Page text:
Why Sleep Matters: Strategies to Improve Sleep and Combat Insomnia

Reviewed by Dr. Jonathan Bonnet, MD, MPH


We all know that sleep is essential to our health. But how do you know if you’re really getting what you need?


Whether we realize it or not, getting good, quality sleep comes down to more than the total amount of hours logged in bed. In order to support our physical and mental health, getting enough sleep requires adequate duration, consistency in timing, and an appropriate balance of the major sleep stages.


Understanding your body’s unique sleep needs and the most common causes of insomnia can help you to identify when lack of sleep may be affecting your health and performance. In those cases, several tested strategies may be effective at improving your sleep and overall quality of life.


Why is sleep important?


Healthy sleep is important for people at all life-stages, including children, adolescents, adults, and seniors.


Though sleep needs change throughout our lifetime, getting good, quality sleep is crucial for cognitive functioning, mood, mental health, cardiovascular, cerebrovascular (blood flow in the brain), and metabolic health.


In fact, recent data from the Center for Disease Control and Prevention (CDC) shows that adults who regularly sleep seven hours or less are more likely to experience certain chronic health conditions, including heart disease, stroke, asthma, and cancer.


What are the different sleep stages?


On average, a person experiences four to six sleep cycles each night. During this time, your body experiences stages of rapid-eye movement (REM) and non REM sleep, including light and deep sleep. Healthy adults will spend around 90 minutes in each cycle, with individual sleep stages lasting anywhere from a minute to an about an hour.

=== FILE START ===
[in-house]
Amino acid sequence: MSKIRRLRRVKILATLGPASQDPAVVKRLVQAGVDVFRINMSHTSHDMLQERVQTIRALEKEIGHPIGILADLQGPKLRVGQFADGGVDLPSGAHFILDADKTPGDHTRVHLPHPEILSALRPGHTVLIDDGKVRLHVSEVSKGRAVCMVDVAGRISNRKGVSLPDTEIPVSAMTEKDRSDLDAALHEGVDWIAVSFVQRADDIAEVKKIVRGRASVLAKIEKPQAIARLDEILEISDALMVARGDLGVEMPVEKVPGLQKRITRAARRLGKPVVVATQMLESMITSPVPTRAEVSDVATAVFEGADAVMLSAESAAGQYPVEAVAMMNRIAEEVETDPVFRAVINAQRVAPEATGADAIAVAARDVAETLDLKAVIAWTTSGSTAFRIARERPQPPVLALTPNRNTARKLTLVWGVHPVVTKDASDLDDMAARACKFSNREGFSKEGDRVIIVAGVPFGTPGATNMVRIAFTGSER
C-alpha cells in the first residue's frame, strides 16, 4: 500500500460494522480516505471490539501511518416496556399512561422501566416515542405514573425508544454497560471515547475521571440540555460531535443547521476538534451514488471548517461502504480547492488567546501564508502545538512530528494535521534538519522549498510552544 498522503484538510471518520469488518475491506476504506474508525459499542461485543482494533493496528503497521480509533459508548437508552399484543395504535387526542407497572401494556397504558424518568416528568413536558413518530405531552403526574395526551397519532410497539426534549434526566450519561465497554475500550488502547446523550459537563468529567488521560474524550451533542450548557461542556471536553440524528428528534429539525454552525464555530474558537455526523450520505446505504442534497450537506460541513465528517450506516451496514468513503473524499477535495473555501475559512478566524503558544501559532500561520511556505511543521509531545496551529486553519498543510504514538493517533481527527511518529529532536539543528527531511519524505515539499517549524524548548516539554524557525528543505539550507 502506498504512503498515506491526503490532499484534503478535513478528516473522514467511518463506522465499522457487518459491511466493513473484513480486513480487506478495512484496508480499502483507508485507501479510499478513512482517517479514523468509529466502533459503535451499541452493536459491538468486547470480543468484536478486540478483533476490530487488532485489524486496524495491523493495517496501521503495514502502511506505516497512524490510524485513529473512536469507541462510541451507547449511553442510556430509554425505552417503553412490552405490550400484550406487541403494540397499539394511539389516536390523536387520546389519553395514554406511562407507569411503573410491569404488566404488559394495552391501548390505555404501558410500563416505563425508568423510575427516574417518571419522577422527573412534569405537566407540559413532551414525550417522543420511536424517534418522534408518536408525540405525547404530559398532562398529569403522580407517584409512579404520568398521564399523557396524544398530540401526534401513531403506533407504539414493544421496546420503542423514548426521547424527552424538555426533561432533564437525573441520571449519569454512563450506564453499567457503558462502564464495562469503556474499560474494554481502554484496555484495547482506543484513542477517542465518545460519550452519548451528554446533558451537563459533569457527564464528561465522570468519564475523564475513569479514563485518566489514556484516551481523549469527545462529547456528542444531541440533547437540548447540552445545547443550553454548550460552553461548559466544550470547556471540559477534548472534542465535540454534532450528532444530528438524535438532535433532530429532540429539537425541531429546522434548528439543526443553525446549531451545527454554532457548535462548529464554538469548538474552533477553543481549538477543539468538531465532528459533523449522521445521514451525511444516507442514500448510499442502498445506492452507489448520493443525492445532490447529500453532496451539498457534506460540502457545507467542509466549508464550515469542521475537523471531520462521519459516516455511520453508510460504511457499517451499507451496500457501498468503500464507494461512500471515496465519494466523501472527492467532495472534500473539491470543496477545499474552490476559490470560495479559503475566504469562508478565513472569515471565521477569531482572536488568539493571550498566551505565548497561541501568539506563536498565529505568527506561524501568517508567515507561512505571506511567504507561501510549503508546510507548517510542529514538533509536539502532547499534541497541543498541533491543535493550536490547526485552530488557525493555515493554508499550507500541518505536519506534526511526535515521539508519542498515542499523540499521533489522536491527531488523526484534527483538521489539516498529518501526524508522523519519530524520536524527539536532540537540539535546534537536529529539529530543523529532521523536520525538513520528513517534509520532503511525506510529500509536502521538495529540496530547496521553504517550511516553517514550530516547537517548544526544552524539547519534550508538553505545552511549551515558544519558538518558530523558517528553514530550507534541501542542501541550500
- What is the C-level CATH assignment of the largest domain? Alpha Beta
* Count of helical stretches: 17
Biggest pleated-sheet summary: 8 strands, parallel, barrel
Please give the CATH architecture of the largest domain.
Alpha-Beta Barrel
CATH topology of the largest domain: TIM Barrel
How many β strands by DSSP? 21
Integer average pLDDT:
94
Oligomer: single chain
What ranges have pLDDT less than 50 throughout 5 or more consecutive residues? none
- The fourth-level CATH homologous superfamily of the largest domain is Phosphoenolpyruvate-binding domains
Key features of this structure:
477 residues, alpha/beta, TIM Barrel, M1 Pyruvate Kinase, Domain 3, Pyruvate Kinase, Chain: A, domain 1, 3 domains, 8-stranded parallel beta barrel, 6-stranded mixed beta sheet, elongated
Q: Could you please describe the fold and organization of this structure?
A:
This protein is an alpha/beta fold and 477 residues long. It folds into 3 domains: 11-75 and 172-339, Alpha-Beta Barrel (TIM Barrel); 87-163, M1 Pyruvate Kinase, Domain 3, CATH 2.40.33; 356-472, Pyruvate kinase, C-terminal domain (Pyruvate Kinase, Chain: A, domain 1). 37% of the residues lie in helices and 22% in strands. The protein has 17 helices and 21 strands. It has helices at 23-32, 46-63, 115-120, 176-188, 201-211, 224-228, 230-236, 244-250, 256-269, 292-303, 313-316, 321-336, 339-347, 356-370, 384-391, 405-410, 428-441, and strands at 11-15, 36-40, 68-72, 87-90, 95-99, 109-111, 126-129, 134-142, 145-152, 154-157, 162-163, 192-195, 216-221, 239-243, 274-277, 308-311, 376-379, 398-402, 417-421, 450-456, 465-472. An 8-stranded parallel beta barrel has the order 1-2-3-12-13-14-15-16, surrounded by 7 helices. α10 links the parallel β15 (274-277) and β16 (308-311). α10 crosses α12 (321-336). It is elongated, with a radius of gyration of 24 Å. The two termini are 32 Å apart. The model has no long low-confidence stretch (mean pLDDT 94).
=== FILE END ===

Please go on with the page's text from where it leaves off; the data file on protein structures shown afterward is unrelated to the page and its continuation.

The REM sleep stage is associated with dreaming and atonia, or temporary paralysis, and is important for recharging the brain and optimizing brain function.


The deep sleep stage is the most difficult to awaken from and is associated with body repair, which is when the body regrows its tissues, builds bone and muscles, and strengthens the immune system.


Both REM and deep sleep are thought to play roles in memory consolidation.


How much sleep do you need?


No two people’s sleep needs are exactly the same. How many hours of sleep you need—and how many hours you spend in each sleep stage—will vary depending on your age, health, lifestyle, and genetic factors.


Still, there are specific age-based recommendations for how many total hours of sleep you need, according to the National Sleep Foundation:



  • Newborns: 14-17 hours

  • Infants: 12-15 hours

  • Toddlers: 11-14 hours